A little history lesson and why the Panthers should be considered a top defense in 2017:
Two weeks, six points allowed. No matter the opposition, that’s a feat that warrants praise. It hasn’t been done since the Baltimore Ravens held the Buccaneers and Raiders to that same combined point total in 2006. This Panther unit is second to only the Broncos in yards per pass attempt a game (5.3). That Ravens team went on to finish the season with a 13-3 record before bowing out in the divisional round of the playoffs. The Panthers are looking to replicate that regular season success and build on it with a deep playoff run.
But consider this, the aforementioned Bucs and Raiders teams finished the 2006 season ranked 31st and 32nd respectively in total points scored. The Ravens dominated inferior opposition to start the season and went on to become one of the best defenses in recent history. No team has come close to besting their 201 points allowed in that season.
The Panthers defense now faces its toughest test yet, the New Orleans Saints. Through two games, the Saints rank third in the league in total offense, right in line with their usual standing in the Drew Brees/Sean Payton era. So how can we expect the Panthers to fare against them?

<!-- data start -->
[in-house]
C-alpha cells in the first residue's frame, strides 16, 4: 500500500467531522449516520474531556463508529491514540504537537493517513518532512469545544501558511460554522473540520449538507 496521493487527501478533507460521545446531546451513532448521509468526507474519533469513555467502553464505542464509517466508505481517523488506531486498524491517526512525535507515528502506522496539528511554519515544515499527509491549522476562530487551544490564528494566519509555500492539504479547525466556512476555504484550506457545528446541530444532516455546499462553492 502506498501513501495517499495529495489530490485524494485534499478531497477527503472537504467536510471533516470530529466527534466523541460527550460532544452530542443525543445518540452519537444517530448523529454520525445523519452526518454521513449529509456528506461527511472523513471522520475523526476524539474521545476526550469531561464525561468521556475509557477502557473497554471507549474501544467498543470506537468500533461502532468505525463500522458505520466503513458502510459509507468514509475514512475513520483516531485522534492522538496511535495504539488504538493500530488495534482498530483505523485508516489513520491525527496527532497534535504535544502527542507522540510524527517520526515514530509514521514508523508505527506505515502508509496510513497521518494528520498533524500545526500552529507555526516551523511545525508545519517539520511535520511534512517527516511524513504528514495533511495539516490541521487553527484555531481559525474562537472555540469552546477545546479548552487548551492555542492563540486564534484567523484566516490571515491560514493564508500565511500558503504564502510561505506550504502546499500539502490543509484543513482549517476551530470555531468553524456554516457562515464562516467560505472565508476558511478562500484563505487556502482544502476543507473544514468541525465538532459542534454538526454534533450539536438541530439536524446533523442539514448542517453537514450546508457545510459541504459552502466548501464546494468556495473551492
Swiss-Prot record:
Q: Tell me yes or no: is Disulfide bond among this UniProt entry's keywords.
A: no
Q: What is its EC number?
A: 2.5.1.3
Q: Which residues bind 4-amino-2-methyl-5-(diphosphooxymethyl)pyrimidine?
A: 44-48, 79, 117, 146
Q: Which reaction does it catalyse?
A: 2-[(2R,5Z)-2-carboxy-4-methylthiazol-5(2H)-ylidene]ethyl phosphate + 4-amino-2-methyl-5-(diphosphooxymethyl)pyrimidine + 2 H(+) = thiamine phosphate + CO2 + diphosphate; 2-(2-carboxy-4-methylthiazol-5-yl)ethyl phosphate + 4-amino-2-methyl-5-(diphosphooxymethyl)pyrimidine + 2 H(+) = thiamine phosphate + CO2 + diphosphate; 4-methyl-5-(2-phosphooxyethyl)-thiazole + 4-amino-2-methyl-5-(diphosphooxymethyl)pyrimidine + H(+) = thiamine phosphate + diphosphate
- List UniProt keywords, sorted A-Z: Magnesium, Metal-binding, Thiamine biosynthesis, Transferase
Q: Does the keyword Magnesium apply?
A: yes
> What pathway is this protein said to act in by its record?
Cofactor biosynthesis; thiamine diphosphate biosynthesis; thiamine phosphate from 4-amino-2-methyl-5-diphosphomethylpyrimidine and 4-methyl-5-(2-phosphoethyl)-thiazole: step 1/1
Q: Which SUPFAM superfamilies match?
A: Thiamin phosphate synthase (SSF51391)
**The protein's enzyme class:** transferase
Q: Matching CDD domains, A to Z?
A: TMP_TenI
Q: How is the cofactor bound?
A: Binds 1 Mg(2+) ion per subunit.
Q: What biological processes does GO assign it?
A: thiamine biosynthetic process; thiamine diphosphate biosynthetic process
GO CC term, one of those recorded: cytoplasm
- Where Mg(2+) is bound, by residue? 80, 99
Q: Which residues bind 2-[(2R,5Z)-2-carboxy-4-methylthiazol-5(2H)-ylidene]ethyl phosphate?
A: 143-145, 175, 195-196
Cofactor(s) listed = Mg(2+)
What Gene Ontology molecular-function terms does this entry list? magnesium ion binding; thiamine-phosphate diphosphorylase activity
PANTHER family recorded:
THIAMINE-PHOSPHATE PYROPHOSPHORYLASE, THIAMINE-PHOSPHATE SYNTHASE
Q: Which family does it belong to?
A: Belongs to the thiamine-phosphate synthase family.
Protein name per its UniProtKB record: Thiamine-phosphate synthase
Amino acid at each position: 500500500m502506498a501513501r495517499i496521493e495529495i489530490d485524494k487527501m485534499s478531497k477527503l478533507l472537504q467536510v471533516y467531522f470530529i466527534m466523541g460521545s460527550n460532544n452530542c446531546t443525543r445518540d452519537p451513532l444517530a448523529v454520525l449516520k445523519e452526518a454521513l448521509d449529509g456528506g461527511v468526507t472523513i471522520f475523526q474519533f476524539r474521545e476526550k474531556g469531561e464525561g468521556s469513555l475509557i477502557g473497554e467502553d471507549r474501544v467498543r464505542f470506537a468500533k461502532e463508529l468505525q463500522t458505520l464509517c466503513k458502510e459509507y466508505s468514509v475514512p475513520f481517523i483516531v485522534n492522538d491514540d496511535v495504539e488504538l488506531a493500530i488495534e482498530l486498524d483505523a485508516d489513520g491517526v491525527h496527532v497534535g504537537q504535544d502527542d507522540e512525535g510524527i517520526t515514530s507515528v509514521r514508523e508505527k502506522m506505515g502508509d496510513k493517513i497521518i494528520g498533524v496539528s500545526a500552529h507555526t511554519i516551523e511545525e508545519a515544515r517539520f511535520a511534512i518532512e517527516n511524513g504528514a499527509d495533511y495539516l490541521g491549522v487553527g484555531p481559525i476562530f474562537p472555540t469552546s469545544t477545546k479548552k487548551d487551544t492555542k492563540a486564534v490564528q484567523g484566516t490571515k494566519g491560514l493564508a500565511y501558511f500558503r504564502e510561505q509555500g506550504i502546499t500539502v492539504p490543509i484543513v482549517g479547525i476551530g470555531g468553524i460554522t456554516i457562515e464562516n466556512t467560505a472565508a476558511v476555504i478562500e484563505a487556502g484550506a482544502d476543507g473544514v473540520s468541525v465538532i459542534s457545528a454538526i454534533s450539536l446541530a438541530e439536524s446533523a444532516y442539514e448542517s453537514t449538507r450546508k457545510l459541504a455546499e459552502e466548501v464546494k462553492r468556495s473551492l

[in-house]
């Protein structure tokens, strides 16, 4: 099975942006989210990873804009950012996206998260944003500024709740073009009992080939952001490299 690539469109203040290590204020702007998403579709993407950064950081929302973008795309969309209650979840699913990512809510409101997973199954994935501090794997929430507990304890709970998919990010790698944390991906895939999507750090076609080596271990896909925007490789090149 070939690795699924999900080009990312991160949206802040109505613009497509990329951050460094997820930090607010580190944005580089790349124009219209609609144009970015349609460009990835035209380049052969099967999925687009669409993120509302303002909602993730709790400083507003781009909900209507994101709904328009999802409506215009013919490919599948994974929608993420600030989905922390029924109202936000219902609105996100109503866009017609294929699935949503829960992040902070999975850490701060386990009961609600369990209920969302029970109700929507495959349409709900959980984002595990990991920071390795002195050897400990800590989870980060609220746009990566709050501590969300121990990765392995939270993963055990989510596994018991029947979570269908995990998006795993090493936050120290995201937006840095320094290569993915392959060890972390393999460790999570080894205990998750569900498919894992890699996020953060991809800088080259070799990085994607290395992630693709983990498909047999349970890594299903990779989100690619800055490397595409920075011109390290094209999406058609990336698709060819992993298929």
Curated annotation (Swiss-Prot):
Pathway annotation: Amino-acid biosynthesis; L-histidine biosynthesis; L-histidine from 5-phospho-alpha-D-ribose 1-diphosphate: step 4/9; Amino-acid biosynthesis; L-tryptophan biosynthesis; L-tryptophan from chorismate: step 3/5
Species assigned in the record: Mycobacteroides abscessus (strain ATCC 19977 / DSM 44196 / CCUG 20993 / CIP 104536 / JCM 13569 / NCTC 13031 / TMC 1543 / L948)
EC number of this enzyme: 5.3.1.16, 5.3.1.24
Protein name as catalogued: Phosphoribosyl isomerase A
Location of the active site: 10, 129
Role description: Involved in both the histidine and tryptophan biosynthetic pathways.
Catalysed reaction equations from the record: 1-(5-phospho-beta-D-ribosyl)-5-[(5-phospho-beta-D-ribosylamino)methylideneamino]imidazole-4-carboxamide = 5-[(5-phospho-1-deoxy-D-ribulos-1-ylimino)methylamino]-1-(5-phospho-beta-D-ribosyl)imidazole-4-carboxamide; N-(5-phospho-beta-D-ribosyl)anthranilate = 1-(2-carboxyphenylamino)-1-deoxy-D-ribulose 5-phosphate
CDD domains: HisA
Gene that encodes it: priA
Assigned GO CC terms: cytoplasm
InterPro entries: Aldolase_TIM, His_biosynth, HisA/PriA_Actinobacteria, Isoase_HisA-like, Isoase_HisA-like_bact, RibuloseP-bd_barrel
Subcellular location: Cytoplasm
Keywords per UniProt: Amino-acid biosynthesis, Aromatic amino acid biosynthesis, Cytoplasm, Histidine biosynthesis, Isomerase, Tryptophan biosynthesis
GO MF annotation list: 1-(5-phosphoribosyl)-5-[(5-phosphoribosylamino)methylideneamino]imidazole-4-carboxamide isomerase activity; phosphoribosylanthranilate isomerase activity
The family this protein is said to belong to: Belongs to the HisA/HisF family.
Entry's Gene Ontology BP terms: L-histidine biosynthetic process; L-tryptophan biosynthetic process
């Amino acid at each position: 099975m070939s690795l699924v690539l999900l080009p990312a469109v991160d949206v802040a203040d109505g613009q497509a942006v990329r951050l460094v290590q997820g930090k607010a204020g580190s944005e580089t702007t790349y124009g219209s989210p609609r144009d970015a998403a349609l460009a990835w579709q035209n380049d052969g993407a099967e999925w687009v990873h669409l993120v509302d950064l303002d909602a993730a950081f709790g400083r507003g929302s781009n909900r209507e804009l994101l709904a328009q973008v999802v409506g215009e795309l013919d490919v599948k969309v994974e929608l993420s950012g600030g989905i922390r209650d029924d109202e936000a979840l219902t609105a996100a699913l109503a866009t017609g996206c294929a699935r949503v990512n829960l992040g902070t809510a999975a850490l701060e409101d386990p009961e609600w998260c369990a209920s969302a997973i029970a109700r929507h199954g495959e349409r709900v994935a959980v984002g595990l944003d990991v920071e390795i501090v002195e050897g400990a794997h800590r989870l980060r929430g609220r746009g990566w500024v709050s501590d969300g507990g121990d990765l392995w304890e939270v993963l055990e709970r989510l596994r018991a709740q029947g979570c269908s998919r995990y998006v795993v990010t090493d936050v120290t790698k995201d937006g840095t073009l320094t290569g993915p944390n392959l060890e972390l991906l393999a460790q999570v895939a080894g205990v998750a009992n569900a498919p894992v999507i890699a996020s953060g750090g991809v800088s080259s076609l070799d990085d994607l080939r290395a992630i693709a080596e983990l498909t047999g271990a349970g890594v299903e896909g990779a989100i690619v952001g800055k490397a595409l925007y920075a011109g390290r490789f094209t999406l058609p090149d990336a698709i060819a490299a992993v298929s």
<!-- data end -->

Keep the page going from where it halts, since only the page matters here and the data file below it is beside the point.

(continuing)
Use Saints misfortune to our advantage:
Both Saints starting tackles are dealing with injuries. Zach Strief is out with an MCL sprain and Terron Armstead is still recovering from offseason shoulder surgery. Without their bookend tackles, Drew Brees and the Saints offense will have their work cut out for them against a Panthers defense that has yet to allow a touchdown, and did not even allow a trip to the red zone last week against the Bills. The DE rotation of Super Mario Addison, Big Money Charles Johnson, Ageless Wonder Julius Peppers, and Wes Horton should have a field day against the backup tackles of the Saints. With quality OT play lacking in general around the league, good luck stopping the Panthers defenders with backups.
Don’t get beat over the top.
The Saints added former Panther Ted Ginn to take the top off defenses. He’s not the most reliable target, but neither is Coby Fleener and we’ve seen him do damage to the Panthers when running vertically. Brees will take some shots. The Panthers can’t let them convert those shots into big chunk plays.
Be ready for the check downs.
We all know how much Payton and Brees like to get their running backs involved in the passing game. It’s on Luke Kuechly and Thomas Davis to patrol the short areas of the field and keep Mark Ingram and Alvin Kamara under wraps.